Laws have changed recently. In the past you had to file for a copyright in order to have it. In modern times, simply WRITING a piece of content gives you the copyright to that work. You don't have to file anything or even put a C on your content. You wrote it, you own it. Period.

Some people still put the copyright, name and date on their article as a "safety measure". Some people even add "all rights reserved" to the page which is another safety measure ensuring the document is fully covered in some foreign countries.

It is important to keep backups of your content. That way if you see a copy of your work on someone else's website, you can write them and insist they take it down. If they refuse, you can prove that your copy existed on your system long before they put their copy of it up. Their ISP is required to take down their work once you make the complaint - although the person can appeal. If they appeal and claim it really IS their work, now you have to take them to court to prove it.

If you decide to take someone to court, you can force them to take down the work if you prove it was stolen, and you can get damages of what they made from the work while they had it. If a website took your work and ran no ads, i.e. made no money, then you will not get anything.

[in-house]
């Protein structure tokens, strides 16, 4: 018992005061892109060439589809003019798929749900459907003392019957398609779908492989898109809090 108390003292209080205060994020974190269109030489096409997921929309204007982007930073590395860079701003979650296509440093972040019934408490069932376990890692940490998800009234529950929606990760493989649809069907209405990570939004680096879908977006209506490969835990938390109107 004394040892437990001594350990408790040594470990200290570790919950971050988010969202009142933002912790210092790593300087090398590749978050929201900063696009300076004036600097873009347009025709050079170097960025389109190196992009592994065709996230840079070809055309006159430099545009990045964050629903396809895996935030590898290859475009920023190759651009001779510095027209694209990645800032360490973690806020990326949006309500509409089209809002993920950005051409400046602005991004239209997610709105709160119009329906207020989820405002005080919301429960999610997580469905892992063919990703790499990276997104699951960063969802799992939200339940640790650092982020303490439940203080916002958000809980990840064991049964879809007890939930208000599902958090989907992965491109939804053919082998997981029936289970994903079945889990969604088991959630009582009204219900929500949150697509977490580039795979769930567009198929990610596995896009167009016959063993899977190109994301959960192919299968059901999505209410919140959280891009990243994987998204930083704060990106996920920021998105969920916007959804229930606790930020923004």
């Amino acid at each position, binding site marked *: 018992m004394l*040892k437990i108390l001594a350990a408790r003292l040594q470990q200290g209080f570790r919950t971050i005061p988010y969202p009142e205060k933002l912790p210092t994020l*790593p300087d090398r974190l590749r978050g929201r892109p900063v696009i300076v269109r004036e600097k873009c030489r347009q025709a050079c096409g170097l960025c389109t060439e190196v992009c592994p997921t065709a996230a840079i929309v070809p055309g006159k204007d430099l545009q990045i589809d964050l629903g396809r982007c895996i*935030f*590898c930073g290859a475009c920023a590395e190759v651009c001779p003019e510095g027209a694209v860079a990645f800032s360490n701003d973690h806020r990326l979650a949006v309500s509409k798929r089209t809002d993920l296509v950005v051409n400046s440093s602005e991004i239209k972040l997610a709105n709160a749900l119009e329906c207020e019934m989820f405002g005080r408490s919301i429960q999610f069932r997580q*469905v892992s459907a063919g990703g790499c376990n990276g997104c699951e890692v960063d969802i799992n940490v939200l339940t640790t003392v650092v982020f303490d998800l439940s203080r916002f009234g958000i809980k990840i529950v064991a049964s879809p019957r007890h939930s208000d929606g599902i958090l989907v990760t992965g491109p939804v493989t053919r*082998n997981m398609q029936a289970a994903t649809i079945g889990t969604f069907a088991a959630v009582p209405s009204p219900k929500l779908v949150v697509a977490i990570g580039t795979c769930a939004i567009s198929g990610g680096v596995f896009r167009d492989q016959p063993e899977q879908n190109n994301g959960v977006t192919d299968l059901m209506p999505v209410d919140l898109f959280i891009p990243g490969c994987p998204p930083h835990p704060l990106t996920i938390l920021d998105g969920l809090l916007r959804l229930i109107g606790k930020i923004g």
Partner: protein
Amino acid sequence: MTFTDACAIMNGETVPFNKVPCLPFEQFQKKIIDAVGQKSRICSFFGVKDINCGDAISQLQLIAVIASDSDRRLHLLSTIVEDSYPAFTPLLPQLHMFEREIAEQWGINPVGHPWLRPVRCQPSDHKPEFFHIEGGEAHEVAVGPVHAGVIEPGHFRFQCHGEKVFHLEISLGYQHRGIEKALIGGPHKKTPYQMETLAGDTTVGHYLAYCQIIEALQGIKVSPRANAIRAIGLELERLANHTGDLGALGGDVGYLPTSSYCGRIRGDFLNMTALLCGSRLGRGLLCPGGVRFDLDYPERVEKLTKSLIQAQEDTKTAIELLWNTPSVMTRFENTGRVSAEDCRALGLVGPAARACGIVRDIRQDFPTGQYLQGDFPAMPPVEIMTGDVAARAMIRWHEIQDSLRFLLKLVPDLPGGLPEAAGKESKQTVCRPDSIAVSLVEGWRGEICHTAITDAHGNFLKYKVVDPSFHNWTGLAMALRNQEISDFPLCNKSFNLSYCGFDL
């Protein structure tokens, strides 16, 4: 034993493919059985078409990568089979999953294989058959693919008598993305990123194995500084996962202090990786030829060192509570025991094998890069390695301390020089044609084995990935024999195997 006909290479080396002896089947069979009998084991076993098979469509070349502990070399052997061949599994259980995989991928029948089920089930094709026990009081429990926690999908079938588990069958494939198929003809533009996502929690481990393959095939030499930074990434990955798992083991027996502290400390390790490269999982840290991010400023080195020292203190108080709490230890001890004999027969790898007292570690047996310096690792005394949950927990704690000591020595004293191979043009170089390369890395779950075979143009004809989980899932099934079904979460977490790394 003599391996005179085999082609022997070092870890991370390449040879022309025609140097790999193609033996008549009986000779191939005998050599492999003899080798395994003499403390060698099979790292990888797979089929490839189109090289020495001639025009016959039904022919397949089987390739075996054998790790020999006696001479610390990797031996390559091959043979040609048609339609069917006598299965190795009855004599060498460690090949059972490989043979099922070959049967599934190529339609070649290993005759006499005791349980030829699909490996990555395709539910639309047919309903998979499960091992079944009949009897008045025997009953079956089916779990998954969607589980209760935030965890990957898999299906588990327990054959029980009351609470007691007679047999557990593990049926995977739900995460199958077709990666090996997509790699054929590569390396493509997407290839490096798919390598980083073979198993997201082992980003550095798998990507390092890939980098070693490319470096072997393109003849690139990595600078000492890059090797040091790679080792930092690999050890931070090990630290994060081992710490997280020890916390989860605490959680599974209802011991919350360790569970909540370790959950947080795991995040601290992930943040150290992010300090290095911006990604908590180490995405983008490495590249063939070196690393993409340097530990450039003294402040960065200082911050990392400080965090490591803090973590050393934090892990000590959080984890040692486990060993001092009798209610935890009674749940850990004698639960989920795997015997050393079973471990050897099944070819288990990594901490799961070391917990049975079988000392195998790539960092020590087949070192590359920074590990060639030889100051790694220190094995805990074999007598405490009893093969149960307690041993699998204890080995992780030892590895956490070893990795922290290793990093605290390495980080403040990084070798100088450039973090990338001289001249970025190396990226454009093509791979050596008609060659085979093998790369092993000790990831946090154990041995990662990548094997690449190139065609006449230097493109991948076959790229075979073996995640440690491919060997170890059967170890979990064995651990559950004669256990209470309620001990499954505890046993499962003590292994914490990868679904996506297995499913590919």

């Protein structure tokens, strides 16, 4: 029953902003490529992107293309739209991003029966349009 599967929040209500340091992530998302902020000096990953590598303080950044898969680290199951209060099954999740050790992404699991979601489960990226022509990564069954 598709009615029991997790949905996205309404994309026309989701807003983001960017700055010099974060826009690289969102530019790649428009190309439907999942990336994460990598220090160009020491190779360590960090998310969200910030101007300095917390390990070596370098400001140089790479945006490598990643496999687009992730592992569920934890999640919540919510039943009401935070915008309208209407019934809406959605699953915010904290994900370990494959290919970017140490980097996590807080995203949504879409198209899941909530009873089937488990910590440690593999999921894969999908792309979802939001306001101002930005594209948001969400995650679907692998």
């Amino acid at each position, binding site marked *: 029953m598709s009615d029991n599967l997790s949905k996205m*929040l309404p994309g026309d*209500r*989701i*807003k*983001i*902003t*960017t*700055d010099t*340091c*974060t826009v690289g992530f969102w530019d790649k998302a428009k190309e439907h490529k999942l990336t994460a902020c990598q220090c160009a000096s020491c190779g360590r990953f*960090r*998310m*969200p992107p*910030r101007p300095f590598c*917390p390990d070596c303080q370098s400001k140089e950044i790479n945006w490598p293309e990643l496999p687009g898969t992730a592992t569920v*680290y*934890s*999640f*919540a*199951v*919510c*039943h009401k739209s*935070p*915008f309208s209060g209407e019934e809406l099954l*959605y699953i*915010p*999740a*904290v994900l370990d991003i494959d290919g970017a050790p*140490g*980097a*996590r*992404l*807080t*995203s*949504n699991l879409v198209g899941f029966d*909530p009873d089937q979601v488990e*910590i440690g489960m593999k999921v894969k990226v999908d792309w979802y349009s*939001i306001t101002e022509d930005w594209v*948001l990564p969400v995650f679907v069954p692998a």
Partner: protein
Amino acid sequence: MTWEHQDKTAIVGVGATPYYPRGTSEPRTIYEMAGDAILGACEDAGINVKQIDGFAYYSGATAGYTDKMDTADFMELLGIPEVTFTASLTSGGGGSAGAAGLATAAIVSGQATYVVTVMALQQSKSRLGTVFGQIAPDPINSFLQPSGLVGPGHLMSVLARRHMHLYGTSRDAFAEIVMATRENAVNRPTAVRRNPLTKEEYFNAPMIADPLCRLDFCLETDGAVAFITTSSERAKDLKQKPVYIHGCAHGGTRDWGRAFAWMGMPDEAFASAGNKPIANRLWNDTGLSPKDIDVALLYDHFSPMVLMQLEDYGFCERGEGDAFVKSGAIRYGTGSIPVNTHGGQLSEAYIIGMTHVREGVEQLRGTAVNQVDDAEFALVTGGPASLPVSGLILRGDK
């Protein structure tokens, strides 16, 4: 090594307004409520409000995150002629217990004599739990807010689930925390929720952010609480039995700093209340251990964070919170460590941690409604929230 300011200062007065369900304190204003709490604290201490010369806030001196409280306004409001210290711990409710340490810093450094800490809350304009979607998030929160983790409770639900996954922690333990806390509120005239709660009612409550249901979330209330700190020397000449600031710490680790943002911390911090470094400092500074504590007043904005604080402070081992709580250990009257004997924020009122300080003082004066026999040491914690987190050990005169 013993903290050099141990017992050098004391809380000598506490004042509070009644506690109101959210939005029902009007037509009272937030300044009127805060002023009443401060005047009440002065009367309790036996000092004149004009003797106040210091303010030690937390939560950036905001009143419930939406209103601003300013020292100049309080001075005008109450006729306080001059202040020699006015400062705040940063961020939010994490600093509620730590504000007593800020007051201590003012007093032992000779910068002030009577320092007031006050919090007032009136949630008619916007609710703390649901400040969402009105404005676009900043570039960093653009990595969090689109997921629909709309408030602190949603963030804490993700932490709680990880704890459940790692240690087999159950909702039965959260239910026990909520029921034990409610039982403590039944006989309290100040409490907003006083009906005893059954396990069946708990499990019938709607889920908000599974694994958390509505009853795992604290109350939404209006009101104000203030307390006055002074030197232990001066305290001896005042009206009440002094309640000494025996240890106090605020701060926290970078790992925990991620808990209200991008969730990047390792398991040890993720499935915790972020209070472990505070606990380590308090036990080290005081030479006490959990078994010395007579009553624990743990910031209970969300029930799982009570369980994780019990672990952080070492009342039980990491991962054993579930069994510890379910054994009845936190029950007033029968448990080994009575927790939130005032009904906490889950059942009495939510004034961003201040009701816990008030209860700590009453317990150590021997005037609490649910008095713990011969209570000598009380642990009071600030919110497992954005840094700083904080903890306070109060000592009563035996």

On the other hand if you choose to go through the time and expense ($30 a submission) to copyright your work legally with the copyright office, and then someone steals it, you can now sue for monetary reward. You can get from $500 to $20,000 for your stolen work. But again, you have to pay the lawyer to do this work for you, and you have to sue someone who you can prove stole your work and has the ability to pay you that money. So this is a matter of choosing your battles wisely.

Steps for Filing a Website Copyright

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